The Basics of Protecting Our Brain from Dementia
There is a common myth that once someone is diagnosed with dementia, well, it’s very much a death sentence, perhaps a tortuously long-time coming.
But research is starting to reveal that there are ways to delay its onset and hold it at bay once it is diagnosed. Lucy Andrews, a guest on my Caregiver Smile Summit, was happy to dissect that for us.
Lucy Andrews, DNP, RN, MS, is Founder and CEO of At Your Service Nursing & Home Care. She conducted her doctoral work on the global dementia crisis, aging, and prevention strategies for healthy living.
She developed a dementia and Alzheimer’s disease plan for aging patients leaving the hospital setting or entering long-term care or home health and hospice.
Change Your Lifestyle
“The reality is that about 40 percent of the risk associated with this disease is attributed to the lifestyle choices that we make. Yes, genetics, age and even gender play a part and make a difference, but we can actually learn how to protect our own brains and change the rest of our future,” says Lucy.
There are many things that influence the health of our brain. Nutrition, our physical activity, and how stimulated we keep our brain all impact the onset. The brain is an organ like every other and the best way we can keep it healthy is to use it.
Basic Lifestyle Changes We Need to Make
Here are five things that can make a difference.
Exercise enhances the chemicals that are in the brain. The Alzheimer’s Society refers to aerobic exercise performed over 20–30 minutes, several times a week and maintained for at least a year. It could mean a brisk walk, cleaning the house or gardening, cooking and washing up.
The Society notes that in one study: “716 people with an average age of 82 years, people who were in the bottom 10 per cent in terms of amount of daily physical activity, were more than twice as likely to develop Alzheimer’s disease as those in the top 10 per cent.”
Manage Your Vascular Health
Vascular dementia describes a decline in cognitive abilities resulting when blood flow is reduced to any region of the brain. The brain becomes damaged quickly and recovers slowly. These factors can influence it:
- high blood pressure
- hardening of the arteries
- sleep apnea
- high cholesterol
- atrial fibrillation
- physical inactivity, and
- poor diet.
For example, when you look at diabetes, excess sugar impairs both cognitive skills and self-control.
Manage Your Diet
Lucy mentions that our diet influences the risk factors above. She recommends a combination of a Mediterranean with the DASH Diet.
The Mediterranean diet includes high consumption of olive oil, legumes, unrefined cereals, certain fruits and vegetables, fish, cheese and yogurt, moderate wine consumption, and low consumption of meat.
The Dietary Approaches to Stop Hypertension (DASH) diet is designed to help treat or prevent high blood pressure without medication. It encourages the reduction of sodium in the diet and eating foods rich in nutrients that help lower blood pressure, such as potassium, calcium, and magnesium.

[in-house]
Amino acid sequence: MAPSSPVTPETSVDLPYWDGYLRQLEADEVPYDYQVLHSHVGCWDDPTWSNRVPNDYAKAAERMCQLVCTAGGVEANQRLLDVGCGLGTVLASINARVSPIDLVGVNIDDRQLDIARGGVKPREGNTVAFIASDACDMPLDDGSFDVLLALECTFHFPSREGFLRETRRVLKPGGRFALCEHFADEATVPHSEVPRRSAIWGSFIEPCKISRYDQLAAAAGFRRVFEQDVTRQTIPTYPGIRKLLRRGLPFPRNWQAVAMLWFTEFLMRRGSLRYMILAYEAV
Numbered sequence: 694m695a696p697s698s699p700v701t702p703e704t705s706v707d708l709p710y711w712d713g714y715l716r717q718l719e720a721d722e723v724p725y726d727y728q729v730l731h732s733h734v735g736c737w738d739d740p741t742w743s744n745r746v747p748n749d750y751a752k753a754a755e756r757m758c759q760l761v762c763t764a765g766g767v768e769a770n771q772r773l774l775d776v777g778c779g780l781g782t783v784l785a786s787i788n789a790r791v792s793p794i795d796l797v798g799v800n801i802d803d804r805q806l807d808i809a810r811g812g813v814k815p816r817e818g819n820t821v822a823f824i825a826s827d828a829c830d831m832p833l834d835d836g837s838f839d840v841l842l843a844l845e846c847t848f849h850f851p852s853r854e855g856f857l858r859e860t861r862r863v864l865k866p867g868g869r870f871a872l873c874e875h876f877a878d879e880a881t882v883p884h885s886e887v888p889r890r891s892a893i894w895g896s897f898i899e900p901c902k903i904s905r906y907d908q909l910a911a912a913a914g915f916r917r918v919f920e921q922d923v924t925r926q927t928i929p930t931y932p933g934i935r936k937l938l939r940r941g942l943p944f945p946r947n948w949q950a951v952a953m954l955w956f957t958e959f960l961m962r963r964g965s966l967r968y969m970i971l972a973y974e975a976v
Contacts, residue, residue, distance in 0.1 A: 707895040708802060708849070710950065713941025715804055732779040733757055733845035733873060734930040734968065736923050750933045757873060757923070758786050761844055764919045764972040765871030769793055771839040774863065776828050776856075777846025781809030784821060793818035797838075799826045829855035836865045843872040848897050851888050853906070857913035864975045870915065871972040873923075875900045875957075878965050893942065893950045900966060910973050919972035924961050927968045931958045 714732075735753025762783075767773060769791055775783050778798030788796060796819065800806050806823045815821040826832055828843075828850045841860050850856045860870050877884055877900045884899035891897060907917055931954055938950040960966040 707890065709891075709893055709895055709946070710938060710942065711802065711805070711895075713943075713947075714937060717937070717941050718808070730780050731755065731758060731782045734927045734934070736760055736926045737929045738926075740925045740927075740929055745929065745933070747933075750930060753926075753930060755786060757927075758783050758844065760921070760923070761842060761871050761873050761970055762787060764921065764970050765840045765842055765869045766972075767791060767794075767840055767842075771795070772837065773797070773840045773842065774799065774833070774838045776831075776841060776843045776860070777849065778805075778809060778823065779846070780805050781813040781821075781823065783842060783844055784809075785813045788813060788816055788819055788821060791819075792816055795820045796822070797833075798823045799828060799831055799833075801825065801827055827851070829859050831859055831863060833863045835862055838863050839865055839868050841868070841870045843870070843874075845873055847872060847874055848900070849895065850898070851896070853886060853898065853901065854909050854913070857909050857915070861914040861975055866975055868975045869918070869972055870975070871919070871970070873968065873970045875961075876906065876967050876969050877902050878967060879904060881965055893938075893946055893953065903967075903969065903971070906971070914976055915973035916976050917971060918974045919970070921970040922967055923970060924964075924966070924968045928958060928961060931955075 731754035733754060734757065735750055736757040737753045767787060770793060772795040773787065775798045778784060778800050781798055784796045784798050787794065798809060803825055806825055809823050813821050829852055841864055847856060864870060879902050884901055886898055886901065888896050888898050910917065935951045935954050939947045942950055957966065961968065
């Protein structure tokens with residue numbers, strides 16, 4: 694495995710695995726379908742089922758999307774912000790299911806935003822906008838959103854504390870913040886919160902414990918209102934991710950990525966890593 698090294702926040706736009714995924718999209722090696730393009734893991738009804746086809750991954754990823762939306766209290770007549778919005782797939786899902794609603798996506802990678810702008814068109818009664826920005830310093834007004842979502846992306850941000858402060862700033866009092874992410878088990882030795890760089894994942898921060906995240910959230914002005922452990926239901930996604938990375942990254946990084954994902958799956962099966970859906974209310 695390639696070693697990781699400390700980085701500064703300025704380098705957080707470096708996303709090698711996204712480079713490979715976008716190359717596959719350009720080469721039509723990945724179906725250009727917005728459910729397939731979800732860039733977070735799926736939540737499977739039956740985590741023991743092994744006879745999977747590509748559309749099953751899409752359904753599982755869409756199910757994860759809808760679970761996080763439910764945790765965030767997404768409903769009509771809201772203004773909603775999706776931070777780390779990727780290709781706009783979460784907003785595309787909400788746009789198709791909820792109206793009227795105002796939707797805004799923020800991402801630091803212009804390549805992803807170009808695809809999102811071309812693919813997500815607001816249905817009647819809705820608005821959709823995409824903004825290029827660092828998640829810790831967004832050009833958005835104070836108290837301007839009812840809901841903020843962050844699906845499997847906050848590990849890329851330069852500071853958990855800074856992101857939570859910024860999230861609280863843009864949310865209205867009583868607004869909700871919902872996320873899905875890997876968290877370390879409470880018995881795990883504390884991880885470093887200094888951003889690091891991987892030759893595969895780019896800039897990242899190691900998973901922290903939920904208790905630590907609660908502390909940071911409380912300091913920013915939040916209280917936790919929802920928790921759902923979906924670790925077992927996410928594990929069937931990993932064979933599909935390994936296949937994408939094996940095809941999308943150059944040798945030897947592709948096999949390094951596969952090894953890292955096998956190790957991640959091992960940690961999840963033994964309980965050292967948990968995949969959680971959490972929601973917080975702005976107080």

Sleep Is Crazy Important
We often ignore our sleep patterns, yet sleep allows our brain to revitalize itself. Sleep is a complicated issue. The research is unclear on its relation to dementia. It is also unclear how sleeping pills impact the onset of dementia.
There is a clearer indication of the hazards of sleep apnea, and I have many friends on CPAP machines who sleep like babies. It is probably best to consult your physician and go to a reputable site like the National Sleep Foundation.
This is a personal struggle for me, particularly because I have reflux. What my doctor stressed had to do with having a sleep routine – getting up and going to bed the same time each day. He also stressed that we need to give our body three to four hours to digest the last thing we ate before going to bed.
Don’t exercise too close to bedtime and too soon after eating. And increasingly important, do not bring your phone to bed with you! Also, I have started using my smart speaker to play white noise at night, which seems to help me.
One of the big topics covered in my speech, The Meaning of Life, is the importance of socialization. Even home-bound people can have access to socialization through social media, Zoom, Skype, Facetime and more. That’s the good part about technology.
Nothing, however, replaces direct human interaction. And socialization has documented health benefits. The American Journal of Psychiatric Health reports that social support helps protect against dementia.
The Journal of Pain adds that social support reduces pain and depression. A recent New York Times article showed that maintaining social activity despite health-related challenges help lessen the decline in well-being that some people experience in later life.
Lucy concluded that when you exercise and follow good nutrition, it will probably help bring about the other benefits.
When you exercise, you improve your health. When you are in better shape, you can get out and exercise and participate in society, and that can help with social engagement. Likewise, that contributes to better sleep. It all works together.
What are some of the things you are doing to ward off dementia or keep it from progressing? Where have you seen the most benefit? Do you think that taking care of your brain can help you fight dementia? Please share in the comments below.